• "the consequences for financial stability from the potential impact of a more severe economic downturn on households could result in a hypothetical increase in unemployment that could produce loan losses for financial institutions representing about 10% of their Tier 1 capital."

And as faithful readers will recall, Sprott Asset Management predicted that if the Canadian banks’ tangible assets were to drop by 3%, their tangible common equity would effectively be wiped out.

Double Yikes!

But bloggers have seen this scenario coming all year. And did anyone catch American Karl Denninger on BNN yesterday?

He was asked to be on the Canada's Business News Network to talk about housing. After his appearance he wrote about it on his blog:

  • "[I did] a bit of research after the show [and] I came up with the following....

    Canadian family income as a whole ("families of 2 persons or more") is allegedly $70,000 (approximately.) The average house price? $325,000.

    That's a multiple of 4.64, or dramatically into bubble territory (the maximum for affordable housing is roughly 3x, so this is 154% of the maximum!)

    It's worse in places like Vancouver - there the ratio is over 10 (!) for single-family homes and about 8x for all residences.

    Let me be clear, strictly on the numbers: Canada is in for a housing bust WORSE THAN OURS.

    Beware Canadians..... you can argue over the timing of the outcome here, but if you think the 'bad event' won't happen and act on that belief, don't cry when a year or three down the road I start piping up with 'I told you so!'

And some think I'm too negative when I call for a collapse of over 40% in the value of Vancouver houses and over 50% in the value of Vancouver condos.

God rest ye merry gentlemen... Let nothing you dismay.

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Email: village_whisperer@live.ca
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6 comments:

  1. Don't worry, there are a ton of us that think you are right on the money.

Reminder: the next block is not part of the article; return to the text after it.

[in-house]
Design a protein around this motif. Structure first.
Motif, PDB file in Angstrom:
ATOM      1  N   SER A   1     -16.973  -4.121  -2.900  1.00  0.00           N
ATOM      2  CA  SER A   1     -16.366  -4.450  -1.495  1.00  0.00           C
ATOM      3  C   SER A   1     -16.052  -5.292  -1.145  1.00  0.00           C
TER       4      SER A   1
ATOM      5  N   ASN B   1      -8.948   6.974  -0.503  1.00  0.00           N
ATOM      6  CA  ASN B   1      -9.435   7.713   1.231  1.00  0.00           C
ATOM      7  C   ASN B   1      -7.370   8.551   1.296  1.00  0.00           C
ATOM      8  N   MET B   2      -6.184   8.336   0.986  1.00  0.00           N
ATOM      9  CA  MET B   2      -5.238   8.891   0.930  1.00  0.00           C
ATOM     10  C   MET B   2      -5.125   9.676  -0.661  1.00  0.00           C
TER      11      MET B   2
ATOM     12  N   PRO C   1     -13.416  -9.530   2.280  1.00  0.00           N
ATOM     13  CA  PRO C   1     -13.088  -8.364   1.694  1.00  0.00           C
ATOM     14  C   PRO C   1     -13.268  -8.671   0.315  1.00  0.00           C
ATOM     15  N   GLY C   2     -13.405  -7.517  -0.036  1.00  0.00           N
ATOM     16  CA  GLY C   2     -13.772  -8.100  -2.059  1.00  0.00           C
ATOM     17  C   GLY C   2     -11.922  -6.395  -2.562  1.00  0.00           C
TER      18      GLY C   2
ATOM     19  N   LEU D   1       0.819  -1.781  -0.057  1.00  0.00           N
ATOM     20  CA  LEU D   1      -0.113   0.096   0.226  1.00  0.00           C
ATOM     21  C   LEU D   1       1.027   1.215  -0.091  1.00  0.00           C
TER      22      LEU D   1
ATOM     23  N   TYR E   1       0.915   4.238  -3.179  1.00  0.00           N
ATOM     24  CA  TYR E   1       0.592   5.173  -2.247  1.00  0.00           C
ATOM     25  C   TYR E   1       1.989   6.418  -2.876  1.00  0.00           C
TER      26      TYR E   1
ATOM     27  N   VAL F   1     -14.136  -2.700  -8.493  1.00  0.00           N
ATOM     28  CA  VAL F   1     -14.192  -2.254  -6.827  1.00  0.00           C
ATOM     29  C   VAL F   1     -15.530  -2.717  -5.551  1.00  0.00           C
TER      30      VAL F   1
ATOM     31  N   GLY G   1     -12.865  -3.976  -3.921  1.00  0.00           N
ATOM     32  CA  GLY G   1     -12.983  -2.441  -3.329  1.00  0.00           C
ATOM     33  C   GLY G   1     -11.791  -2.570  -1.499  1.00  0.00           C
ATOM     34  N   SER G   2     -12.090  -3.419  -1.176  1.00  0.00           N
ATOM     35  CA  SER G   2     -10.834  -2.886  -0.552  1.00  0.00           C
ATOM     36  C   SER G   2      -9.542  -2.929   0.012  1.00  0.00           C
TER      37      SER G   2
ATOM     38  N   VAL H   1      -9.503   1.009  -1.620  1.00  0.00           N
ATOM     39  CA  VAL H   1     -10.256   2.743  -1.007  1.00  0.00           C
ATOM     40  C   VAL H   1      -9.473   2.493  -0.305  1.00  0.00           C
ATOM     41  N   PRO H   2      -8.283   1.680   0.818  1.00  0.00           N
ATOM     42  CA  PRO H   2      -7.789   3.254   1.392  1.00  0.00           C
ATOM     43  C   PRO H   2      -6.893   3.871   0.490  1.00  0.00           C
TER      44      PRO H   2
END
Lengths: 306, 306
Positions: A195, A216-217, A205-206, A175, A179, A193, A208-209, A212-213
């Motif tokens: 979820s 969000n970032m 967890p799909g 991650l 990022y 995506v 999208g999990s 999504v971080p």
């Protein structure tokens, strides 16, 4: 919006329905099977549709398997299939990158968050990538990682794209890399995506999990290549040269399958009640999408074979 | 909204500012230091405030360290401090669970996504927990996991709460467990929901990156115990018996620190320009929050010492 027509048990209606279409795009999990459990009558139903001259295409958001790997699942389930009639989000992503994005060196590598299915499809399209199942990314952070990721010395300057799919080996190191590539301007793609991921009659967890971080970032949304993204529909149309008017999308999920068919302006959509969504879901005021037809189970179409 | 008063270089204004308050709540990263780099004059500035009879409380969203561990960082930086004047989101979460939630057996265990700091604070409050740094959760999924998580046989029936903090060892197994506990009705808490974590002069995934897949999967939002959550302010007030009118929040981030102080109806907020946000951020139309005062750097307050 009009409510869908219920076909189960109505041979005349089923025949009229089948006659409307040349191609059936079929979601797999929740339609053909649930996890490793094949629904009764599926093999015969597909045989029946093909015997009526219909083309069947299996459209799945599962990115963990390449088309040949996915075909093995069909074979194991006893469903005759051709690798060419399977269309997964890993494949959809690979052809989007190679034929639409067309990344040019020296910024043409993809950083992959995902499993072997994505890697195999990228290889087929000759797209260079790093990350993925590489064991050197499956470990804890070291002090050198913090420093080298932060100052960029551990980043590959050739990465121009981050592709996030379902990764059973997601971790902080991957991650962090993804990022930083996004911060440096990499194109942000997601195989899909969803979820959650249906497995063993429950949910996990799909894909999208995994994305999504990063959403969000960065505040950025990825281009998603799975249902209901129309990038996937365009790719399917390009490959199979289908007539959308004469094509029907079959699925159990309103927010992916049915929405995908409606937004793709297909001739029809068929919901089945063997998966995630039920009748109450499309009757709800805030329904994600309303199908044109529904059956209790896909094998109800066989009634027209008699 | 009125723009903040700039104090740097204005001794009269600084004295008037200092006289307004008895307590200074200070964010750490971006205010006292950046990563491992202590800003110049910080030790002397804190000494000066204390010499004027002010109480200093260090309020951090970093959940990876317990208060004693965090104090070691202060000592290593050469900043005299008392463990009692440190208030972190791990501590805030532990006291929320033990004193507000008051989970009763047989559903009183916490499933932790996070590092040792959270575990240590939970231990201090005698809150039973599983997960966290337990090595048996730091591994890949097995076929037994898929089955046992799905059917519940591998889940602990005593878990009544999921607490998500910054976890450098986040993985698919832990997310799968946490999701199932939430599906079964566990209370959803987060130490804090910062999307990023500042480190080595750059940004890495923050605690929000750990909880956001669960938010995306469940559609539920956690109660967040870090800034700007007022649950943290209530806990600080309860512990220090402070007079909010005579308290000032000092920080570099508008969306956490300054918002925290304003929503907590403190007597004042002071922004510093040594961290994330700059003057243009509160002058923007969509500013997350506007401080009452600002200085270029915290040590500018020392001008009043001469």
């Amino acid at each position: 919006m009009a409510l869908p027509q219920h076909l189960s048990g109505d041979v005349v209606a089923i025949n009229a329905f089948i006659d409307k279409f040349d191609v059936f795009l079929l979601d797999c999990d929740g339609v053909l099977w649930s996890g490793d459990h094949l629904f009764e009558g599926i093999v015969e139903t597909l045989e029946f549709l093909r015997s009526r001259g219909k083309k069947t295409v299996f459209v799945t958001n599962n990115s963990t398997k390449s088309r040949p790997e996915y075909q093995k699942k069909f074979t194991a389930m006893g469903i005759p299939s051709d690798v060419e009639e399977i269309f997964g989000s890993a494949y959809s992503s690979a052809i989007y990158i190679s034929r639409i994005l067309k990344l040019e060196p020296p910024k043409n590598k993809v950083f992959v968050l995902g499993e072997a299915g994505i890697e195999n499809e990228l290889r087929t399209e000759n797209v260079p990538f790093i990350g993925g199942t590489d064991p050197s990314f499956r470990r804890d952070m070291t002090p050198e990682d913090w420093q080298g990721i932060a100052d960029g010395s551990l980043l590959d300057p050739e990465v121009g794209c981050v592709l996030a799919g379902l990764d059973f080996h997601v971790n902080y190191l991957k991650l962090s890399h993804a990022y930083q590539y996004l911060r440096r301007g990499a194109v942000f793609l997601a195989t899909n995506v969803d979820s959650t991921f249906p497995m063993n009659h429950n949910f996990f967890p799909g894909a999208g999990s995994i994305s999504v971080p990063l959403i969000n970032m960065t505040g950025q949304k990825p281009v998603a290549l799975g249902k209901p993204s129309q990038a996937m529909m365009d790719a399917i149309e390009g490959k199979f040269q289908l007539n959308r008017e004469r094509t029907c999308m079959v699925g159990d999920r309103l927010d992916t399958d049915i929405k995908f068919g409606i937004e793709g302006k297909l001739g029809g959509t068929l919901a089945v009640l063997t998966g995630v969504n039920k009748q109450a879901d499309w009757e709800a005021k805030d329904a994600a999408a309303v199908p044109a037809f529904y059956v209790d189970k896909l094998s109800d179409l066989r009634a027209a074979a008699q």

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  2. Carney has been setting himself up for a 'Don't say I didn't warn you' moment when the poop is to hit the fan.
    The horse is already outside the barn. Prices have gone up to a point beyond a level supportable by average household incomes without resorting to unnaturally low interest rates and exotic mortgage schemes. First time buyers only have two choices: buy or not buy. Houses available on the market that are 'affordable' by historic wage metrics are usually such dumps that few buyers would want them. Unlike older generations, the Gen-X and younger cohorts tend to have fancier tastes and thus are more likely to fall into the 'affordable monthly payment' trap and end up overstretching their true budget limits to get the condo/house they desire. We may or may not see a US style crash, but the wealth destruction will definitely drag the economy to uncomfortable lows.

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  3. We will see a US style crash. It's gratifying to finally see mainstream media acknowledge the coming problem. It also gives the 'wiser' ones a chance to repair the position they have put themselves in.

    Who knows, maybe it will help blunt the collapse.

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  4. Somehow I have an ominous feeling that the 'unwise' or 'irresponsible' ones will have the last laugh ... They will whine loud enough when the crash comes and turn a financial issue into a moral one, and the government will punish us 'wise and responsible' folks by robbing us to bail out the whiners.

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  5. For what our government is on the hook for when it comes to CMHC... they won't have the money to bail anyone out.

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  6. '... they won't have the money to bail anyone out.'

    Don't underestimate the ability of our government to squeeze money out of those of us who still have jobs. We complain about our high taxes and most people think the government can't tax us more. Yes, it can. Our tax burden is higer compared with that of the US, but not as high as that in much of Europe. Are we seeing Europeans burning down their cities in protest? I don't think so, at lease not yet.

    ReplyDelete